Australian wiring question, or, "How Bruce burned his house down".

Australian wiring question, or, "How Bruce burned his house down".

I have a regular feed and a "controlled load" feed in my house.
Currently my water heater runs off the controlled load, however my solar/battery system does not feed into it, so I want to change it over to the regular feed.
It's got a MOD6 circuit breaker switch in the meterbox, with a single thick red wire running into the bottom, and a thin red wire coming out the top.
Am I right to assume the thick wire running into the bottom is the controlled load feed? And to switch it over, you'd disconnect that wire, cap the wire, and then run a regular feed wire into it?
Is it that ""simple""?

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  1. 1 month ago
    Anonymous

    Basically, but you've worded this like you have no idea what you're talking about and I'd advise you go through an electrician.

    You've got 'off peak and mains'. Both fed from the same street supply, separately metered.

    You've got a hot water circuit, just put it on a new rcd and connect to mains Cb.

    Go through an electrician though moron, you'll kill your self or burn the house down.

    • 1 month ago
      Anonymous

      I don't know why I worded it like that, I just wanted to be clear I guess.
      I have a rough idea of what's going on, am mainly familiar with 12v wiring.

  2. 1 month ago
    Anonymous

    yep mcbs feed from the bottom.
    make sure to move your heater's neutral connection over to the regular feed's neutral bus bar.
    having a live wire flapping around with just a wire nut on the end is pretty house burney. ideally isolate thick live wire at the source, or put another breaker in the panel to use as a fixed termination point.

    • 1 month ago
      Anonymous

      >or put another breaker in the panel to use as a fixed termination point
      I'll do this. I'll leave the current breaker in there with the controlled feed still attached, and just move the out wire to a new breaker I'll put it.

      >move your heater's neutral connection over
      Oh right, didn't think of that.

      Am I right to just daisychain the in feed wire from another breaker?

      • 1 month ago
        Anonymous

        >daisychain the in feed wire
        it's okay if the daisychain is thick enough to carry the extra load you're adding
        you have to be a bit careful when putting one of those copper comb bus bars and a solid wire in at the same time, you really need to make sure the comb went into the clamp, it's pretty easy to frick up since you can't pull on it to test. british fuse boxes were burning up from this so often that the regs changed from plastic to metal boxes!
        with flex instead of solid wire the clamp sometimes doesn't get a good grip on both wires. ideally you'd use crimp ferrules to squash the flex into a solid lump first. i've been told that tinning with solder is no good for this.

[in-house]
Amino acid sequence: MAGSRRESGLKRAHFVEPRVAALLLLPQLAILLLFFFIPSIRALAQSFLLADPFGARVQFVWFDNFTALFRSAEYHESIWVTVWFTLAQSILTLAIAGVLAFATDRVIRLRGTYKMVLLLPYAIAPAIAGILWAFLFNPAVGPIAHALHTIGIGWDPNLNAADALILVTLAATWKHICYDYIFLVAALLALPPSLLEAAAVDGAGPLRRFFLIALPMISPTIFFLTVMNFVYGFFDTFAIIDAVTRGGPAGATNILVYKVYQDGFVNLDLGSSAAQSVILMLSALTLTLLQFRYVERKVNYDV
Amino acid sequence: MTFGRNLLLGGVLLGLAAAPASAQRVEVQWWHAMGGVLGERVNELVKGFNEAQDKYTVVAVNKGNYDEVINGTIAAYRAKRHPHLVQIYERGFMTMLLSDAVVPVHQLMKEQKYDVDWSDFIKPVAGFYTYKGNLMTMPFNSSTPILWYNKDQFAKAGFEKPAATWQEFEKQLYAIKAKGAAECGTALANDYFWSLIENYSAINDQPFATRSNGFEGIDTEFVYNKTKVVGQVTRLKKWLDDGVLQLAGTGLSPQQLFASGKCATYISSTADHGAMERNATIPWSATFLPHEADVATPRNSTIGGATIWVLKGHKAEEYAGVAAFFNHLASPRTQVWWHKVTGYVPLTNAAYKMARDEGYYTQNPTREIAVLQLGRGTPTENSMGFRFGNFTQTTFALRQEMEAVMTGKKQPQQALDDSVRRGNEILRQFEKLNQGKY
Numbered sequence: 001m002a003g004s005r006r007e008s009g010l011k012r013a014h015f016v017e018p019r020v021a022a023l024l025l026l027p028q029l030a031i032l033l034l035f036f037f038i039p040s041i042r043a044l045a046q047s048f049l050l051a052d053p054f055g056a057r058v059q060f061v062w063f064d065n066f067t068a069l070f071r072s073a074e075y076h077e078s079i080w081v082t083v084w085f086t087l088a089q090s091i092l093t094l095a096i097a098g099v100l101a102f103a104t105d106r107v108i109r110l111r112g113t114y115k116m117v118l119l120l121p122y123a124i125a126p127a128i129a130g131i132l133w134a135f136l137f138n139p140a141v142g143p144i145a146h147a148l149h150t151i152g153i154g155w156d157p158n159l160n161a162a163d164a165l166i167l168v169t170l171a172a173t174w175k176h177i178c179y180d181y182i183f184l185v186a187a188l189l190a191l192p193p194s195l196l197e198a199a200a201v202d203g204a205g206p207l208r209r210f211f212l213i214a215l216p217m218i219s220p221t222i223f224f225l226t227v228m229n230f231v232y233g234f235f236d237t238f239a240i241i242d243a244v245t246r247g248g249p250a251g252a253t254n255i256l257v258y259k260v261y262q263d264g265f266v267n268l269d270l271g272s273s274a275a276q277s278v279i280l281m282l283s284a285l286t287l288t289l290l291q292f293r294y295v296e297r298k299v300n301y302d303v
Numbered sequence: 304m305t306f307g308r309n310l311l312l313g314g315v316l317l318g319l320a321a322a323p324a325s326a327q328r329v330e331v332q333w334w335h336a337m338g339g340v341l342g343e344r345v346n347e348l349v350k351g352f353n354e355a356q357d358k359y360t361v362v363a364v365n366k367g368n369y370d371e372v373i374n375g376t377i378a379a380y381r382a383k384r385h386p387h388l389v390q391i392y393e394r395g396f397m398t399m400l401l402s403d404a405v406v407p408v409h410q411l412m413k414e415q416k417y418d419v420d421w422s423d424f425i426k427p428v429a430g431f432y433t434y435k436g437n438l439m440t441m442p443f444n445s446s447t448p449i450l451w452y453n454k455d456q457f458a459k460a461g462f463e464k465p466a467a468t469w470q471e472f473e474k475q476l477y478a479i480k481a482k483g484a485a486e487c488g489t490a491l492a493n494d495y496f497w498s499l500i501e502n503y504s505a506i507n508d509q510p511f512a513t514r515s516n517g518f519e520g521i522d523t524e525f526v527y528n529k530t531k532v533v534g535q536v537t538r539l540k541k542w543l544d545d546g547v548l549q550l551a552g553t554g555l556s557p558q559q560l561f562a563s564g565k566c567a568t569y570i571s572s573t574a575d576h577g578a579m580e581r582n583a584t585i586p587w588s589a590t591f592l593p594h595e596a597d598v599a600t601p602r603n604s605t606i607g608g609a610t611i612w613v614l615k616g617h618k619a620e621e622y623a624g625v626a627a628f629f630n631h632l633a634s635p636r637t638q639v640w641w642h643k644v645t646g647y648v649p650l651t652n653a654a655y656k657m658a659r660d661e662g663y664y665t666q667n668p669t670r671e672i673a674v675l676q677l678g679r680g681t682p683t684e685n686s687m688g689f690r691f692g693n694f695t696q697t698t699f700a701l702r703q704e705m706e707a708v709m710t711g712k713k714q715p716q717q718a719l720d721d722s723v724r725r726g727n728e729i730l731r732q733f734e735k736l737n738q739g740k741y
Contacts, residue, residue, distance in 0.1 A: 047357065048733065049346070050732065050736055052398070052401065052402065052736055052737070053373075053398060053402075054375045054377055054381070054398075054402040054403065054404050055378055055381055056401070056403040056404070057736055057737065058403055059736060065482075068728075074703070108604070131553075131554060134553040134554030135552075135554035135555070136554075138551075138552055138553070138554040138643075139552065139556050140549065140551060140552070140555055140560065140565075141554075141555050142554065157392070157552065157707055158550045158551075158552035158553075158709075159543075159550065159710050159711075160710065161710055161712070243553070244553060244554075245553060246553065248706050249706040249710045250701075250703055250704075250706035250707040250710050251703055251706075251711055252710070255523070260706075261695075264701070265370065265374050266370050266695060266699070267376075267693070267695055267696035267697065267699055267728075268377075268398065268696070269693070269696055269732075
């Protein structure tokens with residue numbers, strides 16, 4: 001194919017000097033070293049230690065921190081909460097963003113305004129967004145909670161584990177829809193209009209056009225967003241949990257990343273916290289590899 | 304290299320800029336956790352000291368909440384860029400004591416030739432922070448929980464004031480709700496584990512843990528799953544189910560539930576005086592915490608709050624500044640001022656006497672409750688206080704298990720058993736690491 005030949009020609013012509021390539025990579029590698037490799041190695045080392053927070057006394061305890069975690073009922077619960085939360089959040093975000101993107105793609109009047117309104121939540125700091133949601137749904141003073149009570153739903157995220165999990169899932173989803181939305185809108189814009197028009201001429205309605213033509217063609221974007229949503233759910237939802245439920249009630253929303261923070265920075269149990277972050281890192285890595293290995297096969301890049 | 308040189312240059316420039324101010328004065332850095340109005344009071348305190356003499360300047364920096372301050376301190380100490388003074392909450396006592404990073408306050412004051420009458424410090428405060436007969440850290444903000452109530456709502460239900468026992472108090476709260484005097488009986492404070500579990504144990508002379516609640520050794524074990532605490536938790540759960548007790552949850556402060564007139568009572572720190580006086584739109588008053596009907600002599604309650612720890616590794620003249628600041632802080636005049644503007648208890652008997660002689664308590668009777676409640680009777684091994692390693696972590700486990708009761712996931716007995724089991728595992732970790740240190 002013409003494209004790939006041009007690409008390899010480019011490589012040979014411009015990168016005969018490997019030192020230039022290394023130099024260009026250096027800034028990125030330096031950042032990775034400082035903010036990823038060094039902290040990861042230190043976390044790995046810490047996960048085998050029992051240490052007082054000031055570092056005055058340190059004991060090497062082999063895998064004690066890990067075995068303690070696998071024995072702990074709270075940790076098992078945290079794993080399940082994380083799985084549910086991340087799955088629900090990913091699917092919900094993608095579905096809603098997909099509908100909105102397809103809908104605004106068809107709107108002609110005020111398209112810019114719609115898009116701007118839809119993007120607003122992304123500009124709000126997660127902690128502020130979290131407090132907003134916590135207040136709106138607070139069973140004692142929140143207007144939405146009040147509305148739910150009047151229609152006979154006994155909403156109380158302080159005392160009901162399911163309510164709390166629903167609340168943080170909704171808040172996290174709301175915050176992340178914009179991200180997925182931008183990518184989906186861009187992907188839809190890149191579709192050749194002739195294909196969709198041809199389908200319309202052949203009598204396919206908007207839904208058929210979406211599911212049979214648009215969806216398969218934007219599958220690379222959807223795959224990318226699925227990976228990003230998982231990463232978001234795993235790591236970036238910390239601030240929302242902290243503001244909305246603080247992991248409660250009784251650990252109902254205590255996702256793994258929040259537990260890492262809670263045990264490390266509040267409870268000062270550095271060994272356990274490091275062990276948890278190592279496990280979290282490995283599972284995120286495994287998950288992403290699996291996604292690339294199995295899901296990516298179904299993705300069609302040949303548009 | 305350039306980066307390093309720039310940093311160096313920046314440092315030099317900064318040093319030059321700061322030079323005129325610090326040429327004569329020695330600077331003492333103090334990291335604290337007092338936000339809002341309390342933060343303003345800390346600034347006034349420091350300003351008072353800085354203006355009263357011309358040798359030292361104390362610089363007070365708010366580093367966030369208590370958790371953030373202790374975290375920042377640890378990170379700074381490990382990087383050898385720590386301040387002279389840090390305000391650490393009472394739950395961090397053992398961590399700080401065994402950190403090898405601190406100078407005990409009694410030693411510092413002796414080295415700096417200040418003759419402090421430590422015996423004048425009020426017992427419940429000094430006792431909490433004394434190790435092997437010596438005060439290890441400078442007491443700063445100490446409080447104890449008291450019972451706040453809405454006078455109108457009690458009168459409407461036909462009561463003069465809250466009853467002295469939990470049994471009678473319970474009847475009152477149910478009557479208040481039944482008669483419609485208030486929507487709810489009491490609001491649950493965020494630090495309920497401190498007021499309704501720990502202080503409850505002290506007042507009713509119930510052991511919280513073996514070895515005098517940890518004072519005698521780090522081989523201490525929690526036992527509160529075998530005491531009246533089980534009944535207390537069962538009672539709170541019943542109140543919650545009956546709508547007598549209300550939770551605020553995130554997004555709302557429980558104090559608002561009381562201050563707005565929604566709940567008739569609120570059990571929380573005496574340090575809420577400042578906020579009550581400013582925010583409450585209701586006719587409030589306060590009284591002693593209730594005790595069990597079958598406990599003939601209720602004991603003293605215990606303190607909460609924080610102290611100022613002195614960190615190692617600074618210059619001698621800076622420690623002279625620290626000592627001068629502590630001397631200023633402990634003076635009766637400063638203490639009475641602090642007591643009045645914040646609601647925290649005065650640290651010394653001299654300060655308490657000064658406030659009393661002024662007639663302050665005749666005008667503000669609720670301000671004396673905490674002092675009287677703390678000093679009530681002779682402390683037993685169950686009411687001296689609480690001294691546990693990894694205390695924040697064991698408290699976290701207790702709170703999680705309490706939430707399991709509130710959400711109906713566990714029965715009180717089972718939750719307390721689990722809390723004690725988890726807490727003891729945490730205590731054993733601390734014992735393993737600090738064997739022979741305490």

• 1 month ago
      Anonymous

      It's the same neutral link, we don't use off peak neutral links in Australia.

  3. 1 month ago
    Anonymous

    Wouldn't it be cheaper to power your regular feed electrical demands off your battery system while keeping your water heater on the controlled load?

    I know that water heaters are one of the few near perfect uses for solar but if you get a price reduction for the controlled load wouldn't you want to keep it there and use up all your solar augmenting the more expensive stuff?

    • 1 month ago
      Anonymous

      >Wouldn't it be cheaper to power your regular feed electrical demands off your battery system while keeping your water heater on the controlled load?
      No. I've crunched 4 years of usage data to get to this point. I have ample solar/battery energy left over in most cases for the hot water system. Maybe like 1/10 times I'll be worse off (buying energy at full price), but the other 9/10 times I'm saving money, and the savings significantly outweigh the added cost of buying it at full price.

  4. 1 month ago
    Anonymous

    Electrical work in Australia is illegal, for anyone who is not a registered electrician, think fines and prison time.
    Regardless of that, if what you do causes an issue, you will void your house insurance.

    t. Registered electrician.

    • 1 month ago
      Anonymous

      once a prison colony, always a prison colony

    • 1 month ago
      Anonymous

      You wanna come do a cashie?

      • 1 month ago
        Anonymous

        That might cost you a bit, I'm in New Zealand.
        NZ and Aussie share the same wiring rules.
        DIY-ers over here are allowed to do certain small electrical jobs, it's the Electrical workers unions in Aussie that are there reason why there is such a strangle-hold on what a home-owner can do.

        • 1 month ago
          Anonymous

          I think you're getting confused with the regulations and acts that enforce who can and can't perform electrical work. A union fights for the rights and conditions of workers and ensures a fair days pay for a fair days work. Scabs can get fricked.

          t. Proud ETU member

          • 1 month ago
            Anonymous

            >a fair days pay
            t. $120 an hour

            • 1 month ago
              Anonymous

              Not sure who's being paid $120 an hour but sign me up. A homeowner might get charged that per hour but they're paying for a tradesmans skill and warranty on the work.

  5. 1 month ago
    Anonymous

    >DIY electrical legal in NZ
    >Lower rate of house fires compared to Aus
    Face it, kiwis are just smarter then you Bruce.

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